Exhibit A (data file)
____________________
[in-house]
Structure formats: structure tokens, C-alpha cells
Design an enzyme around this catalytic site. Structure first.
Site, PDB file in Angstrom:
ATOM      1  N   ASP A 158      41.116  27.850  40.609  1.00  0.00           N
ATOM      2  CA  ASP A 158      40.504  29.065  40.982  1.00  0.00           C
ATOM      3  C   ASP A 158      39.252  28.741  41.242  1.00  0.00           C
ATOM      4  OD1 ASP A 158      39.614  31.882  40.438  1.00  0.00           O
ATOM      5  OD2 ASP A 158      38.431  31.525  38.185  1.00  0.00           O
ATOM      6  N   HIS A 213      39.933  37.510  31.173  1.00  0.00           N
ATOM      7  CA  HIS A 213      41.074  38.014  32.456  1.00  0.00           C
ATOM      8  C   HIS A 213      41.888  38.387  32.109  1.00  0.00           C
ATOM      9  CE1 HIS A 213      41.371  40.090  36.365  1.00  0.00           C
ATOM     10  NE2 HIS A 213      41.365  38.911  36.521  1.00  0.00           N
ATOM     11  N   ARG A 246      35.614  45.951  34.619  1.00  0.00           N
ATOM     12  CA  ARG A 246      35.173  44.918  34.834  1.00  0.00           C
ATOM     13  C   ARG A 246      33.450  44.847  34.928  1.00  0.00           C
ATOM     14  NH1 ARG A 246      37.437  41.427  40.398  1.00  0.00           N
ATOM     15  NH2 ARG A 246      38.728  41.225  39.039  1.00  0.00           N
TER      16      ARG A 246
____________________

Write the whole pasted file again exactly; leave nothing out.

[in-house]
Structure formats: structure tokens, C-alpha cells
Design an enzyme around this catalytic site. Structure first.
Site, PDB file in Angstrom:
ATOM      1  N   ASP A 158      41.116  27.850  40.609  1.00  0.00           N
ATOM      2  CA  ASP A 158      40.504  29.065  40.982  1.00  0.00           C
ATOM      3  C   ASP A 158      39.252  28.741  41.242  1.00  0.00           C
ATOM      4  OD1 ASP A 158      39.614  31.882  40.438  1.00  0.00           O
ATOM      5  OD2 ASP A 158      38.431  31.525  38.185  1.00  0.00           O
ATOM      6  N   HIS A 213      39.933  37.510  31.173  1.00  0.00           N
ATOM      7  CA  HIS A 213      41.074  38.014  32.456  1.00  0.00           C
ATOM      8  C   HIS A 213      41.888  38.387  32.109  1.00  0.00           C
ATOM      9  CE1 HIS A 213      41.371  40.090  36.365  1.00  0.00           C
ATOM     10  NE2 HIS A 213      41.365  38.911  36.521  1.00  0.00           N
ATOM     11  N   ARG A 246      35.614  45.951  34.619  1.00  0.00           N
ATOM     12  CA  ARG A 246      35.173  44.918  34.834  1.00  0.00           C
ATOM     13  C   ARG A 246      33.450  44.847  34.928  1.00  0.00           C
ATOM     14  NH1 ARG A 246      37.437  41.427  40.398  1.00  0.00           N
ATOM     15  NH2 ARG A 246      38.728  41.225  39.039  1.00  0.00           N
TER      16      ARG A 246